Human Rights and Policy: Improving Responses to Mental Health Crises: A Brief Review and Next Steps
The last year has seen increased publicity regarding how to improve community responses, especially to mental health crises, by law enforcement. Historically, law enforcement officers have been the primary responders to mental health crises (Kisley et al., 2010), and research within the United States suggests that one in ten individuals with mental illness encounter police prior to receiving mental health care (Livingston, 2016). Furthermore, as many as 20% of police calls involve individuals with mental illness (Livingston, 2016). The Treatment Advocacy Center (2015) reported that 25% of deaths from police shootings involve individuals with mental illness, and 20% of police officers’ time is spent responding to mental health crises. Since 2015, over 1,400 individuals with mental illness have been fatally shot by police, according to the Washington Post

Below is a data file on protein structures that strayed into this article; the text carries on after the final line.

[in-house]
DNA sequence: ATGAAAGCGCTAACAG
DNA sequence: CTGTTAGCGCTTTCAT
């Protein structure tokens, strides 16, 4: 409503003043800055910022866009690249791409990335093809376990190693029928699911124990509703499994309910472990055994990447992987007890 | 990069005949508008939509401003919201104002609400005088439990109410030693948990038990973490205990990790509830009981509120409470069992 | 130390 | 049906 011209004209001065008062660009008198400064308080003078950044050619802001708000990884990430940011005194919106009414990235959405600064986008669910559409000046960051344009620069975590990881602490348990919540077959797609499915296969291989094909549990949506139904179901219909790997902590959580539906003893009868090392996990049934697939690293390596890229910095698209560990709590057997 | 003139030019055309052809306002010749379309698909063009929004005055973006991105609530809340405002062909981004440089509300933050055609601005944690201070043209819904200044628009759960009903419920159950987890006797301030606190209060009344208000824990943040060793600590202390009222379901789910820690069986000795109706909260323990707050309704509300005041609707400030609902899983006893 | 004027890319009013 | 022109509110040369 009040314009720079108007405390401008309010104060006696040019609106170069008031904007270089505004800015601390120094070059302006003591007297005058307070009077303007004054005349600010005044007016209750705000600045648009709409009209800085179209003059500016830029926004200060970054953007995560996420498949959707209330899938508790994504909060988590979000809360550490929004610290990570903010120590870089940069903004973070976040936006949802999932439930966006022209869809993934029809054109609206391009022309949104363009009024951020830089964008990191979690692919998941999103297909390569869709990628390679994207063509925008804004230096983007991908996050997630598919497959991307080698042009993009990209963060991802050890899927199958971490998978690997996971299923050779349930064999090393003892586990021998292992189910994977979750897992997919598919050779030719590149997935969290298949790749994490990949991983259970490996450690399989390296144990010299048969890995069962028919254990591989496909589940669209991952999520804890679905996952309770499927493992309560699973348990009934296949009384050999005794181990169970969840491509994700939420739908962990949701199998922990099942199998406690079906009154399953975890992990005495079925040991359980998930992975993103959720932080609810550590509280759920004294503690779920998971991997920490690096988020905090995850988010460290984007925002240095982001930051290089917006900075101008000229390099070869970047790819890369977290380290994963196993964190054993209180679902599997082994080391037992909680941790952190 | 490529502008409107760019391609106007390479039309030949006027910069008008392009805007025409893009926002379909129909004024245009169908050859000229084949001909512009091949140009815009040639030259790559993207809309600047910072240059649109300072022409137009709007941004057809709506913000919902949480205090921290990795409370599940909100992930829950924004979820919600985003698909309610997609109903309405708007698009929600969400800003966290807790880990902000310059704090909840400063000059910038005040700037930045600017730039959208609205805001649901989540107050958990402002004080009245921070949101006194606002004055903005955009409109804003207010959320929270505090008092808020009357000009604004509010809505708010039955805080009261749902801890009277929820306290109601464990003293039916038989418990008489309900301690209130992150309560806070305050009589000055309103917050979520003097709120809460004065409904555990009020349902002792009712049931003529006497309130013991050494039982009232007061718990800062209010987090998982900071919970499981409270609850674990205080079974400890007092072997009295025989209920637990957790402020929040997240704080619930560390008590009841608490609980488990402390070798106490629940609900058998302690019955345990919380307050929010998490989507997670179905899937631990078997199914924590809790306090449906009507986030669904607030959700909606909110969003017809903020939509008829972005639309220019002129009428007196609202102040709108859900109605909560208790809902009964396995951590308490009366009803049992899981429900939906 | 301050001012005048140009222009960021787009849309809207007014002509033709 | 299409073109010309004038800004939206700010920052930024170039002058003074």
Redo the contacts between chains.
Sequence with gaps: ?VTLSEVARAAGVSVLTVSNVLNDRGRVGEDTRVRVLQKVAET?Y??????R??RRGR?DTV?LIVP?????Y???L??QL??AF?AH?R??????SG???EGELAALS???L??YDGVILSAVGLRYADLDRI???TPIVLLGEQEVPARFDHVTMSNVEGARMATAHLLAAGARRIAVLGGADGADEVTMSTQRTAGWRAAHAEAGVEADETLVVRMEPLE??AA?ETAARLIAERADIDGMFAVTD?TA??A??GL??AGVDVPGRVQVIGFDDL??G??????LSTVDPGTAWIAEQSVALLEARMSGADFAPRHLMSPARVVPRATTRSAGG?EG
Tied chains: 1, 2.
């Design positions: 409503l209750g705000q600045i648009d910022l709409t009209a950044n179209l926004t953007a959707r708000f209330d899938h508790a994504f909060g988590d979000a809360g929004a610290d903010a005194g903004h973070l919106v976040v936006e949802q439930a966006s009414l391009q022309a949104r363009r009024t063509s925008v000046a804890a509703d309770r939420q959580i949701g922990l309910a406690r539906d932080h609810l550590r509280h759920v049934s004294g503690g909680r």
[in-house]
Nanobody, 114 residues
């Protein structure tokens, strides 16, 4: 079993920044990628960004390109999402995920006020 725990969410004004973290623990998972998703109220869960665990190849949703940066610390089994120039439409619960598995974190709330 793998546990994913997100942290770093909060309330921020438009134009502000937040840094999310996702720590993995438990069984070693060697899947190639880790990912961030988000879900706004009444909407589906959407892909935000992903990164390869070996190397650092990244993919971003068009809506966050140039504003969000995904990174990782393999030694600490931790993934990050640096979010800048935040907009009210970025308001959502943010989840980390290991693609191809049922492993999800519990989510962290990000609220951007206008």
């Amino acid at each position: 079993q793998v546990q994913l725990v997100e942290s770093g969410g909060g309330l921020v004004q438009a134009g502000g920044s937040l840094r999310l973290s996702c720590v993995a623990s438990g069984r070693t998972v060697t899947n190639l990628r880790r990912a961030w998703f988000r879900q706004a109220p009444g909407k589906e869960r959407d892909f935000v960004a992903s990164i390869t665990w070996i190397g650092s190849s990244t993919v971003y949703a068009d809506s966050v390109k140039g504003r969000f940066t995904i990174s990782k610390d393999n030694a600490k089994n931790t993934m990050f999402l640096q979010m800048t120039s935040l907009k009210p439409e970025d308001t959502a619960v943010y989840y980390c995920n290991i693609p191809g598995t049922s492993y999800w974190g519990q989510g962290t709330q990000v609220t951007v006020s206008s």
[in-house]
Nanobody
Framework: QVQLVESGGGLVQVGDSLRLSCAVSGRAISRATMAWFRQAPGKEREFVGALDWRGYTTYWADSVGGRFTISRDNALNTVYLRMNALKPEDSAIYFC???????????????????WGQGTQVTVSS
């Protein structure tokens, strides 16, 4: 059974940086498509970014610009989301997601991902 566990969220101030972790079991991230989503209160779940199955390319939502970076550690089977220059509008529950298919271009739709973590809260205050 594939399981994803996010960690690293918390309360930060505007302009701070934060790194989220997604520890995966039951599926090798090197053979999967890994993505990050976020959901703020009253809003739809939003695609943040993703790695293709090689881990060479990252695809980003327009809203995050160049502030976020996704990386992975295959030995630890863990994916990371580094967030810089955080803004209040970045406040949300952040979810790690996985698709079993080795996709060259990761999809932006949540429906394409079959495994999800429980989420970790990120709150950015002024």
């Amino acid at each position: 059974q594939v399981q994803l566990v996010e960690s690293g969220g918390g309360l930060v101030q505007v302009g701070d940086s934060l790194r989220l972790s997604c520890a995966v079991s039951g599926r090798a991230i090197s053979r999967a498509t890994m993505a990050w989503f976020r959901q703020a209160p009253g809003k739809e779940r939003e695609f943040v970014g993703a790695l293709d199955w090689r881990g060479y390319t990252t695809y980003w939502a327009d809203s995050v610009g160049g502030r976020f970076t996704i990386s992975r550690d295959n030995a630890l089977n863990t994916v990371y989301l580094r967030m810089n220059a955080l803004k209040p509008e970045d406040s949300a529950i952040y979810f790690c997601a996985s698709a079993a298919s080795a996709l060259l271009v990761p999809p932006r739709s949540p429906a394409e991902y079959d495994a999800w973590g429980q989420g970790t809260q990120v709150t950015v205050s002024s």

, n.d.). Over the last 30 years, several approaches have been developed and used worldwide to improve community response to psychiatric crises.